What types of measures would you implement to hold MPD accountable when they disregard or violate Department policies or District laws?  

Brooke Pinto: I support MPD's policy to have an adverse action hearing to determine if an officer should be terminated from the force when they have violated laws or policies. This is particularly important in the event that there is a public interaction or violation. I also support the decisions made by the Chief about firing and do not believe those should be able to be collectively bargained away.

Do you believe that mental health specialists, rather than police, should serve as the default first responders for mental health emergencies?

Brooke Pinto: Yes. There are many instances where a mental health expert is the most appropriate person to respond to an incident. The Council began and funded this pilot program several years ago and it is housed in OUC working with DBH and MPD. We have learned a lot about this program and know that while it is appropriate for many calls, there are some incidents where mental health providers have not felt safe going out to a scene without traditional law enforcement. There are now more co-response teams in these circumstances. We will continue working on this important issue.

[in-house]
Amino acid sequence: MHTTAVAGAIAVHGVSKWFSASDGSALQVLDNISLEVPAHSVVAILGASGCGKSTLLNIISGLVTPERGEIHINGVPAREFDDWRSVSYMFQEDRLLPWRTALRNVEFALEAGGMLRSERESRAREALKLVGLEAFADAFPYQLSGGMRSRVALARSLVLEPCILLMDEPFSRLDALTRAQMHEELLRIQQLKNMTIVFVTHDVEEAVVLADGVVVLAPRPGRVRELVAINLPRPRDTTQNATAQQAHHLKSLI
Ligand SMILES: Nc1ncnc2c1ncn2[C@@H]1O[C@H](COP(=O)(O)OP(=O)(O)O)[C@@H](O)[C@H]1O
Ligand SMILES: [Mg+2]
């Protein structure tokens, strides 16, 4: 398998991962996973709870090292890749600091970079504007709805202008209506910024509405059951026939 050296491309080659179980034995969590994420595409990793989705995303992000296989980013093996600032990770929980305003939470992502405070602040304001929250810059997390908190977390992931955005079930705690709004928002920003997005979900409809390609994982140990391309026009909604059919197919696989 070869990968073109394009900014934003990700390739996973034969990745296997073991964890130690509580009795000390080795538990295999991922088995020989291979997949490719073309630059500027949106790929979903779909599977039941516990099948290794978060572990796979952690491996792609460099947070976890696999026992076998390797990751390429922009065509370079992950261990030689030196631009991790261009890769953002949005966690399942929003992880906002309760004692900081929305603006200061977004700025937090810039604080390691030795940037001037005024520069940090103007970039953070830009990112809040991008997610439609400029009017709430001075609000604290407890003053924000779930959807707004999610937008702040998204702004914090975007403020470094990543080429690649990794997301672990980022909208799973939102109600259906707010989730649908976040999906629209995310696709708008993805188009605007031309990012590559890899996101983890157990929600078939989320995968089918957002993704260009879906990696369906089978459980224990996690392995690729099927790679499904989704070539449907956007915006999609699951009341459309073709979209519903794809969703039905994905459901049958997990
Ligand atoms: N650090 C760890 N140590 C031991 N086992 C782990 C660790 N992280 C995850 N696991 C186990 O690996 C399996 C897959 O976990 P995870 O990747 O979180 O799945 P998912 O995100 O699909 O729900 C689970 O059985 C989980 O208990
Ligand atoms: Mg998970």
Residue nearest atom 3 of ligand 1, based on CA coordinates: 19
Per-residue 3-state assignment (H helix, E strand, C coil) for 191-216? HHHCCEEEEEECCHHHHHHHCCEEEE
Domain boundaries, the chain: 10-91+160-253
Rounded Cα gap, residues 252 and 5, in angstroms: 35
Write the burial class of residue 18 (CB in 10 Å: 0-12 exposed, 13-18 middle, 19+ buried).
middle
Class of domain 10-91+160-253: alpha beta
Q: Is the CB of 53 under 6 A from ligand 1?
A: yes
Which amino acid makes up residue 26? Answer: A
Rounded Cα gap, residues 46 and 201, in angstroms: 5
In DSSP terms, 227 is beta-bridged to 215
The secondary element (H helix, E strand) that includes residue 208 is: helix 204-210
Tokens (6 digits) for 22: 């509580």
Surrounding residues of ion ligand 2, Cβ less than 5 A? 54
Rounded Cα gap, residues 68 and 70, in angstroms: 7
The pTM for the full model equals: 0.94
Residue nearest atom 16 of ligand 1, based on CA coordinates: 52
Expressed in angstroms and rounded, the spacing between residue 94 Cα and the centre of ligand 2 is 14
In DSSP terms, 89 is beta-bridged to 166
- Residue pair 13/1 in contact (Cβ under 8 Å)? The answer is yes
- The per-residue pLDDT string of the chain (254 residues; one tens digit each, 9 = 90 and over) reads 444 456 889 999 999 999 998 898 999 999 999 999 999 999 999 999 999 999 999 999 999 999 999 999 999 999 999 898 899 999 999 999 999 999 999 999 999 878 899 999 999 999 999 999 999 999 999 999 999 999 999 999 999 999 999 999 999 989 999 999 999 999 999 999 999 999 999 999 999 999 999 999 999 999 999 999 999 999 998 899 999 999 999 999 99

Do you support a 24-hour harm reduction center in D.C.?

Brooke Pinto: Yes. I do support more locations for DC residents to receive care, get sober, and get directed to supports. I do not think we should have a 24 hour location for drug use which is sometimes used in this definition of a harm reduction center.

Do you support increasing the number of Community Response Team (CRT) members and creating more appropriate crisis response locations?

Brooke Pinto: Yes. I support our CRT teams which are facing major staffing shortages and need much more support to continue their excellent work.